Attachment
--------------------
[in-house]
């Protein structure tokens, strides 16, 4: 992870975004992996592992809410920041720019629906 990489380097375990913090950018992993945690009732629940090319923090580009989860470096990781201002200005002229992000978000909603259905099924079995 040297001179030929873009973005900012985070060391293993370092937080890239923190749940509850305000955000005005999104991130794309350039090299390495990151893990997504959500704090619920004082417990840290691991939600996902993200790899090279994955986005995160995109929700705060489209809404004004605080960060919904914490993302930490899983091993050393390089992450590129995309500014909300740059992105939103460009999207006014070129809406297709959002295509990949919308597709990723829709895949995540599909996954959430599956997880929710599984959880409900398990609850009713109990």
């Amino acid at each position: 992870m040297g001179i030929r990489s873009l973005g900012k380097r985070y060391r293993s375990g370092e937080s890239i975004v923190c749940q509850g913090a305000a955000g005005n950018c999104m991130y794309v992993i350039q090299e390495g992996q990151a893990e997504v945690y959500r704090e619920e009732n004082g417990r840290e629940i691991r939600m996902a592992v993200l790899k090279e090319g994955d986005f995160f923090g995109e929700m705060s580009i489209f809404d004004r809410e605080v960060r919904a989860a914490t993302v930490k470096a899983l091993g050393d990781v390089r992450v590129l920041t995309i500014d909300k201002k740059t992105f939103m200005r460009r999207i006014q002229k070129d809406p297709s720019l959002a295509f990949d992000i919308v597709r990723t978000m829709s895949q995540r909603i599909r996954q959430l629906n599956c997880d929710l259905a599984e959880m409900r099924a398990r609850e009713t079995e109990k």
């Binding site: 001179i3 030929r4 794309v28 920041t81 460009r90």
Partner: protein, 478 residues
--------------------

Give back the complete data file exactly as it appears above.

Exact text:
[in-house]
């Protein structure tokens, strides 16, 4: 992870975004992996592992809410920041720019629906 990489380097375990913090950018992993945690009732629940090319923090580009989860470096990781201002200005002229992000978000909603259905099924079995 040297001179030929873009973005900012985070060391293993370092937080890239923190749940509850305000955000005005999104991130794309350039090299390495990151893990997504959500704090619920004082417990840290691991939600996902993200790899090279994955986005995160995109929700705060489209809404004004605080960060919904914490993302930490899983091993050393390089992450590129995309500014909300740059992105939103460009999207006014070129809406297709959002295509990949919308597709990723829709895949995540599909996954959430599956997880929710599984959880409900398990609850009713109990």
């Amino acid at each position: 992870m040297g001179i030929r990489s873009l973005g900012k380097r985070y060391r293993s375990g370092e937080s890239i975004v923190c749940q509850g913090a305000a955000g005005n950018c999104m991130y794309v992993i350039q090299e390495g992996q990151a893990e997504v945690y959500r704090e619920e009732n004082g417990r840290e629940i691991r939600m996902a592992v993200l790899k090279e090319g994955d986005f995160f923090g995109e929700m705060s580009i489209f809404d004004r809410e605080v960060r919904a989860a914490t993302v930490k470096a899983l091993g050393d990781v390089r992450v590129l920041t995309i500014d909300k201002k740059t992105f939103m200005r460009r999207i006014q002229k070129d809406p297709s720019l959002a295509f990949d992000i919308v597709r990723t978000m829709s895949q995540r909603i599909r996954q959430l629906n599956c997880d929710l259905a599984e959880m409900r099924a398990r609850e009713t079995e109990k």
């Binding site: 001179i3 030929r4 794309v28 920041t81 460009r90």
Partner: protein, 478 residues